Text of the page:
The government has been accused of basing its exclusion of tronc and service charge from the Coronavirus Job Retention Scheme on a "completely mistaken assumption".
The comments were made after Beth Russell, director general of tax and welfare at the Treasury, told MPs: "The difficulty with tronc particularly is that in some cases tronc is notified to HMRC and in some cases it's not, so if we included it there would be unfairness in that approach as well."
Russell had been asked if the decision would be reassessed by Steve Baker, Conservative MP for Wycombe, who had been contacted by a hospitality worker who was receiving just 40% of his former earnings due to the exclusion.
She told the Treasury Select Committee: "We are generally taking an approach that discretionary payments are not included and obligatory payments are."
However Peter Davies, managing director of WMT Troncmaster Services, told The Caterer: "It's a completely mistaken assumption. Tronc systems by definition are formal things, the money gets paid through payroll, it is shown on employees' pay slips, it gets taxed, it's declared to Revenue and Customs through the RTI system and they already have all of this information.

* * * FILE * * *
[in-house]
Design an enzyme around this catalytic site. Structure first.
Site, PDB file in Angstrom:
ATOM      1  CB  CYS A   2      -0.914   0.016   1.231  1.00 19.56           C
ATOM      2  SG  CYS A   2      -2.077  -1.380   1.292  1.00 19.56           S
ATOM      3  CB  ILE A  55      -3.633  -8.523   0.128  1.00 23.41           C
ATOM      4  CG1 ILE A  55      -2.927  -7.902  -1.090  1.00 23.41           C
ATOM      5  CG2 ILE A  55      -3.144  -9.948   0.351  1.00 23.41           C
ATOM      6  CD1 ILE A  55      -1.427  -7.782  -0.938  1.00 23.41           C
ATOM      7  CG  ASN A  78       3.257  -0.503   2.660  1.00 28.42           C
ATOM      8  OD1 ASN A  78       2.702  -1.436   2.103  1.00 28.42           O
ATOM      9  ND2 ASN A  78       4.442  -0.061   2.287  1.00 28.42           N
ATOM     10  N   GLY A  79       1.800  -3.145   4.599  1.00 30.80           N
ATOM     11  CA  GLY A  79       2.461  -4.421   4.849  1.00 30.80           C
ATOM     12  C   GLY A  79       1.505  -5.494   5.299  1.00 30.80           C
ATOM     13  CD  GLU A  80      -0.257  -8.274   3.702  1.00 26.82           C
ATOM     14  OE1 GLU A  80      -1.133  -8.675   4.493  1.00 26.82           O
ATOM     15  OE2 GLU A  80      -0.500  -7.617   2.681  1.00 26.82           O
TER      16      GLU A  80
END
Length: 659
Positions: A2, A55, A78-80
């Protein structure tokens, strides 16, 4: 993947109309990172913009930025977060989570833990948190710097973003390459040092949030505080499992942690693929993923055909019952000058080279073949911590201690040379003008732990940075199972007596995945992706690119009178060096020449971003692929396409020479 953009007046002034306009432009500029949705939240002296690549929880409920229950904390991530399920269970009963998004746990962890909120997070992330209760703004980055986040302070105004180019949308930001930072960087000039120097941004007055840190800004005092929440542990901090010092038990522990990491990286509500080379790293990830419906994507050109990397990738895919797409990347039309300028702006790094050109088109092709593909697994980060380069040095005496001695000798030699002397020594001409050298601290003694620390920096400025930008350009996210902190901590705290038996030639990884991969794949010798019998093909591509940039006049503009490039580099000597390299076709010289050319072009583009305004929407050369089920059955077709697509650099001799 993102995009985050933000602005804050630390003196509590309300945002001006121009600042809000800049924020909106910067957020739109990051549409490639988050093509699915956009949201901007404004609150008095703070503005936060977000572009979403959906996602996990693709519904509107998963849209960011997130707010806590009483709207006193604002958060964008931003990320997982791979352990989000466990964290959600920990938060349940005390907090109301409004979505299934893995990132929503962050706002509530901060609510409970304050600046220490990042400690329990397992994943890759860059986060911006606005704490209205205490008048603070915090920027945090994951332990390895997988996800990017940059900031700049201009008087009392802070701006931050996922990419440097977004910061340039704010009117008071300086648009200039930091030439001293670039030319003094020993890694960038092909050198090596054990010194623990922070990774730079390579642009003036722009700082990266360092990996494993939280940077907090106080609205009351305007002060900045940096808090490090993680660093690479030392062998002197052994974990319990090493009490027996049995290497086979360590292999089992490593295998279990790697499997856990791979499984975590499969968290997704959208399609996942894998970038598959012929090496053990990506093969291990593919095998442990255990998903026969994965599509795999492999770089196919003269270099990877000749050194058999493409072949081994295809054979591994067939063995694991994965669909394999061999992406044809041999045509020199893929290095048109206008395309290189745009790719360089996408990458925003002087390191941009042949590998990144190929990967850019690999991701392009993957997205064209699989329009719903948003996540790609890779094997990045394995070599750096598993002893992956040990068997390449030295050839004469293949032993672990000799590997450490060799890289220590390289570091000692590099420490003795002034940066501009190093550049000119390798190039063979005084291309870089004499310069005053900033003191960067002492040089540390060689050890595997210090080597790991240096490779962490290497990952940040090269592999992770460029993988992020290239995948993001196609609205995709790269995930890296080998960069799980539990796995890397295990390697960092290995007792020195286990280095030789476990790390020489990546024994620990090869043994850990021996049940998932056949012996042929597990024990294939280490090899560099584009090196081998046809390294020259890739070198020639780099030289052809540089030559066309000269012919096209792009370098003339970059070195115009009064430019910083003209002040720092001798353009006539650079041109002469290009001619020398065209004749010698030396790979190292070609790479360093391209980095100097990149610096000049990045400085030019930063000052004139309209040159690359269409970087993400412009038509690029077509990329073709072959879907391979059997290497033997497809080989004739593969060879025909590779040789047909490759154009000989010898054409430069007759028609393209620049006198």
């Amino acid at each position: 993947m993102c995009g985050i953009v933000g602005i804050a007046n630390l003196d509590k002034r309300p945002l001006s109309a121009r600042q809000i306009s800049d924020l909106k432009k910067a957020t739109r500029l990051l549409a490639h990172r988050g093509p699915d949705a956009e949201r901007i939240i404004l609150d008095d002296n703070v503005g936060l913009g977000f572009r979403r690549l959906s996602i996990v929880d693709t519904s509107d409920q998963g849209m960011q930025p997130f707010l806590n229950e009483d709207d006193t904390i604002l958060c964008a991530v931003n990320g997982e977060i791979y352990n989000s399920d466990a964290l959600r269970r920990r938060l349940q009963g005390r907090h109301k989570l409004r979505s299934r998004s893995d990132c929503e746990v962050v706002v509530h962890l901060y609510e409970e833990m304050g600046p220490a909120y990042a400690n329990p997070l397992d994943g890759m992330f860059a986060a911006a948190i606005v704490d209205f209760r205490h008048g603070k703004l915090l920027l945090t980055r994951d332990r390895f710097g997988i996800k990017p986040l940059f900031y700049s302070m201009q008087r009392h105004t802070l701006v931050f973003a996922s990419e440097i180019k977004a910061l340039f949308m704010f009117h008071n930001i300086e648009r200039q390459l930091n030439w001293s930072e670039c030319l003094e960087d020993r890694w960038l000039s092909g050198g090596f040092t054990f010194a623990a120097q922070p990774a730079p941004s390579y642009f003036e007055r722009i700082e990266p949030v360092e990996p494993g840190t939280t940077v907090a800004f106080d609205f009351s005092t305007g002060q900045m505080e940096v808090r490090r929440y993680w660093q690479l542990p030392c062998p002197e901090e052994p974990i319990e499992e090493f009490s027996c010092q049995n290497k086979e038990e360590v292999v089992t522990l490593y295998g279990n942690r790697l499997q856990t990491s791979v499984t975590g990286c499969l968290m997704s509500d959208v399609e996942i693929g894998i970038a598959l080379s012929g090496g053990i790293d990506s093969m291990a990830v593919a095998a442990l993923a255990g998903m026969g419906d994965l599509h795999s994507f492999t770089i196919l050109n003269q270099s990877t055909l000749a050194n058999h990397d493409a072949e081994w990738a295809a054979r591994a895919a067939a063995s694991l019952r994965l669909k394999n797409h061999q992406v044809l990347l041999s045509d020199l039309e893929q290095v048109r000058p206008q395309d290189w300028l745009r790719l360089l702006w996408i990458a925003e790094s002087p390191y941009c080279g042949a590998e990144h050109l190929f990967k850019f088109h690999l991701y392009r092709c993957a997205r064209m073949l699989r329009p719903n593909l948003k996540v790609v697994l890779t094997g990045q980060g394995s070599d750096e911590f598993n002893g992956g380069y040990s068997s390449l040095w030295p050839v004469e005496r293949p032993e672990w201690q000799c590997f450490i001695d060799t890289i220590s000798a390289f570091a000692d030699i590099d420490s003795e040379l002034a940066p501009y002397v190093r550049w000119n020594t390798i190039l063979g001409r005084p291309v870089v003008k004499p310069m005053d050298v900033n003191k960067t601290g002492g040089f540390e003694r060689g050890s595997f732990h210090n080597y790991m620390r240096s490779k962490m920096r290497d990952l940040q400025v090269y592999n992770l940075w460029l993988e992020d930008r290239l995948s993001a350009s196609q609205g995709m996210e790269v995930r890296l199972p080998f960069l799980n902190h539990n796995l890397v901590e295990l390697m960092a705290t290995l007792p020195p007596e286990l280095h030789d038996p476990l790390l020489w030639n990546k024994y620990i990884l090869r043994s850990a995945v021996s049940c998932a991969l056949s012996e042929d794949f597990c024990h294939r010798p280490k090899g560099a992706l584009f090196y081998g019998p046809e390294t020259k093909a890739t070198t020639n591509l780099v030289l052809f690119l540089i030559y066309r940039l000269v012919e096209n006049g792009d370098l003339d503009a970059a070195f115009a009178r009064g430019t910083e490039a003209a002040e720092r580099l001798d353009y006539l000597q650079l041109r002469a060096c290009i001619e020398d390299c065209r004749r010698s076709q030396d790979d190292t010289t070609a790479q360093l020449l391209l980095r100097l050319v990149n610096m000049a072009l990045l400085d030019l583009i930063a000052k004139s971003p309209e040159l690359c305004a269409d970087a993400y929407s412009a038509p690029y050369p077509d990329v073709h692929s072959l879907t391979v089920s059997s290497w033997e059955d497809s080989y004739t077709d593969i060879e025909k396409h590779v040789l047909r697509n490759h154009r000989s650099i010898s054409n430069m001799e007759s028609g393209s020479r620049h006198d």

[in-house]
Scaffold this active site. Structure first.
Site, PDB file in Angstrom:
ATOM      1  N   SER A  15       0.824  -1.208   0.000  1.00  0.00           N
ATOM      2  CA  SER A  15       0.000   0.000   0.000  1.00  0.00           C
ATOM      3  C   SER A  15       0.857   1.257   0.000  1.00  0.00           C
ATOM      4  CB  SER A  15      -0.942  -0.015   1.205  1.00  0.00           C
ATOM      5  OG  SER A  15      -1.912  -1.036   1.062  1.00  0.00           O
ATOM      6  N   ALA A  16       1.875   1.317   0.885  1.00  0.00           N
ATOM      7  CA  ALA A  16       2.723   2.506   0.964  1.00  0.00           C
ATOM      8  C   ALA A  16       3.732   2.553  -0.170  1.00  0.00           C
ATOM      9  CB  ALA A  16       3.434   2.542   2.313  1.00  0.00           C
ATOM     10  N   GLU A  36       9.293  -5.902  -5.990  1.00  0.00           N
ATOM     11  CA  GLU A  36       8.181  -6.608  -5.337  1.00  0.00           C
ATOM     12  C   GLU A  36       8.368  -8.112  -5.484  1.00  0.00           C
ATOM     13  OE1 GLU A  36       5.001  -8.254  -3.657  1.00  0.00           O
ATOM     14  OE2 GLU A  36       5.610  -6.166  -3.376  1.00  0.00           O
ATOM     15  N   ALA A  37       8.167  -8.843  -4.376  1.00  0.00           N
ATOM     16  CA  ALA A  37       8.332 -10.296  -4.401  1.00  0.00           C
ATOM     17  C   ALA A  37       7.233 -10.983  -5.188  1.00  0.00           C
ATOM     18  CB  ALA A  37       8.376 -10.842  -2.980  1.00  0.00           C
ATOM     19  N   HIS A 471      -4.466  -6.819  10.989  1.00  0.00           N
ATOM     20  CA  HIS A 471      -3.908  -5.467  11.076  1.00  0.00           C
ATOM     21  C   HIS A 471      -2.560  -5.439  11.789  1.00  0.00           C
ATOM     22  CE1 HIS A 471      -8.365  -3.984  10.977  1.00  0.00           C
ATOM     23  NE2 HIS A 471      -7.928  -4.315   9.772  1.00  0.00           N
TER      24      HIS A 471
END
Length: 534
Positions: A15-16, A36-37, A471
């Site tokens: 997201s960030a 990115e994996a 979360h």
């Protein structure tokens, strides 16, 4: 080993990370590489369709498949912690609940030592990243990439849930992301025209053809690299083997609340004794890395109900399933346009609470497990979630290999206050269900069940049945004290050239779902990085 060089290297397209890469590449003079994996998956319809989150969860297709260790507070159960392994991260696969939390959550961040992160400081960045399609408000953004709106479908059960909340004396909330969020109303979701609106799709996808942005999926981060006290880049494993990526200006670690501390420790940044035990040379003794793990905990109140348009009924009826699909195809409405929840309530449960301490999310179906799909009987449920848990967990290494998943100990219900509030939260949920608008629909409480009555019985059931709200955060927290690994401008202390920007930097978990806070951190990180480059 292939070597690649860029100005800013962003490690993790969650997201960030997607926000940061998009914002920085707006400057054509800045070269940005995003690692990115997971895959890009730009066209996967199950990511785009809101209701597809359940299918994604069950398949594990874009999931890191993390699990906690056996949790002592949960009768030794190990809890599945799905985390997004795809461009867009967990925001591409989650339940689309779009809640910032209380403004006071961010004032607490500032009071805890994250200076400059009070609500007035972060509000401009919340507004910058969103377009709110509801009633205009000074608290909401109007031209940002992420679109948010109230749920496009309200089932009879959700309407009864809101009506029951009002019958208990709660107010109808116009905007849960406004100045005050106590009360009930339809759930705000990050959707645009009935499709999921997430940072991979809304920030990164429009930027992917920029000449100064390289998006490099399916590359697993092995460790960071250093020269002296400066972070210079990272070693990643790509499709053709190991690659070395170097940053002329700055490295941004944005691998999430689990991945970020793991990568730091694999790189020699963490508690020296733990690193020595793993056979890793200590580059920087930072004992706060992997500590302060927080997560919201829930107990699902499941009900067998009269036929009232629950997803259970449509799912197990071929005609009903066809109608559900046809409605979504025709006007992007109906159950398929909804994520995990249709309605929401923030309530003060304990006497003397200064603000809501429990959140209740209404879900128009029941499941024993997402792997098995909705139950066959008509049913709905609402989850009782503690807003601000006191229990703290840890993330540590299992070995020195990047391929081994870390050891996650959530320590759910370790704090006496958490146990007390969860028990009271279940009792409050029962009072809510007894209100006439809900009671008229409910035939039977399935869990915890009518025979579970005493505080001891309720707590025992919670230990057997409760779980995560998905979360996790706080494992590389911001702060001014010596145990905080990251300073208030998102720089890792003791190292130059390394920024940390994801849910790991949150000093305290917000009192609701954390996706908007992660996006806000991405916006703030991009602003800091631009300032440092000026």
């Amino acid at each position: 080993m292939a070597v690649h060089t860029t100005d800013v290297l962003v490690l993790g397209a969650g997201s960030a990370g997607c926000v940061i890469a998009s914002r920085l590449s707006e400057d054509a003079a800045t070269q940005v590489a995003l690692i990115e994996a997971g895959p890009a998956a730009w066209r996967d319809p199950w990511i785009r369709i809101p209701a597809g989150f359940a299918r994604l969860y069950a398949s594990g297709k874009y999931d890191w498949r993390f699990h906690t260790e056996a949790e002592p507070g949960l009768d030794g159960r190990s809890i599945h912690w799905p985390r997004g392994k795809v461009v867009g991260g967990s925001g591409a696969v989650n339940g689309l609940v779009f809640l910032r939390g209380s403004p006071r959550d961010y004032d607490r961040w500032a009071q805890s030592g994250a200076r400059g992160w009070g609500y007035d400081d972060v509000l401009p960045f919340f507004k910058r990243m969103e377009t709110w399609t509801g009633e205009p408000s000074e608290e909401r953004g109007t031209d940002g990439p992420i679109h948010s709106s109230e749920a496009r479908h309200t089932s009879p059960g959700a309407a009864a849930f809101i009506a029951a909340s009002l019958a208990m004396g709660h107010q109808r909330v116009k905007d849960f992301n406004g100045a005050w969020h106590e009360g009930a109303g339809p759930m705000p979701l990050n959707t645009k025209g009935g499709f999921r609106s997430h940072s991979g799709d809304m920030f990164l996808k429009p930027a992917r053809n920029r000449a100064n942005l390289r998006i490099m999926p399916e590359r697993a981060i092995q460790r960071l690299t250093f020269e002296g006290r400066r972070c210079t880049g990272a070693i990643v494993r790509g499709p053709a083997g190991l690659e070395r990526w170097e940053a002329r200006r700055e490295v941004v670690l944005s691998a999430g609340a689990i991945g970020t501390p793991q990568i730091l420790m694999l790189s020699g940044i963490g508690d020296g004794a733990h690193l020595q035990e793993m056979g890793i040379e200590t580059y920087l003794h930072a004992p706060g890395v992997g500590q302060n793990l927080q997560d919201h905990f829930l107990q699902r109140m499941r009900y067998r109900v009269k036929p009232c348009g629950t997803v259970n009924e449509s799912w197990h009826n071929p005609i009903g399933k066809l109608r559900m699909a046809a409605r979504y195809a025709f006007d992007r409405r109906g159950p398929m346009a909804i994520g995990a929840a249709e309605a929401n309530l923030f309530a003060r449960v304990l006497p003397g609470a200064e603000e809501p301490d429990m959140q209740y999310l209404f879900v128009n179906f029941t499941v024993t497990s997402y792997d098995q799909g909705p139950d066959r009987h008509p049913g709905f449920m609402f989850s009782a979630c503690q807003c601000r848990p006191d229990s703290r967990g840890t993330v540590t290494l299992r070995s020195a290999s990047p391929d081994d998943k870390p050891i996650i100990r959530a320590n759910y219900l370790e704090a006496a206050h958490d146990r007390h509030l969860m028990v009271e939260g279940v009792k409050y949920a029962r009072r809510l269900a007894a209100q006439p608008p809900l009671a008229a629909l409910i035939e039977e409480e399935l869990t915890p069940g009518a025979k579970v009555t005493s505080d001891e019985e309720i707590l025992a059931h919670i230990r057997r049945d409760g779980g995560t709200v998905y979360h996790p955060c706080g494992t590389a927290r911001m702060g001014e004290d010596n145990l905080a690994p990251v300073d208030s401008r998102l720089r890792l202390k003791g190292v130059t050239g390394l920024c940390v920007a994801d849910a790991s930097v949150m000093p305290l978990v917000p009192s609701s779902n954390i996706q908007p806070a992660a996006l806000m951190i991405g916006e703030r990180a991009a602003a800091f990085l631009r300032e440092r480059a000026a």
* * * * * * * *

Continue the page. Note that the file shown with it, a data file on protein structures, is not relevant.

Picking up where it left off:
"Nowadays the overwhelming majority of businesses pay and process the tronc money so that it's on payroll, which is wholly in line with existing HMRC legislation and public guidance. The only money which is outside of this is by and large cash tipping and everyone accepts that that wouldn't form a part of the Coronavirus Job Retention Scheme and therefore it does seem wholly inequitable to approximately 758,000 employees that their income in these difficult times is going to be artificially lower because of a misconception and we'd urge the treasury to look again at this."
Guidance around the Job Retention Scheme, which sees the government cover 80% of furloughed workers wages up to £2,500 a month, confirmed tronc, tips and service charge would not be included at the end of last month.
Many industry figures have spoken out against the exclusion including D&D London chairman and chief executive Des Gunewardena, who told chancellor Rishi Sunak that the decision was "deeply unfair, discriminatory, and sends a clear message to restaurant staff in the UK that they are not valued".
More than 24,000 people have also signed a petition urging the government to reconsider.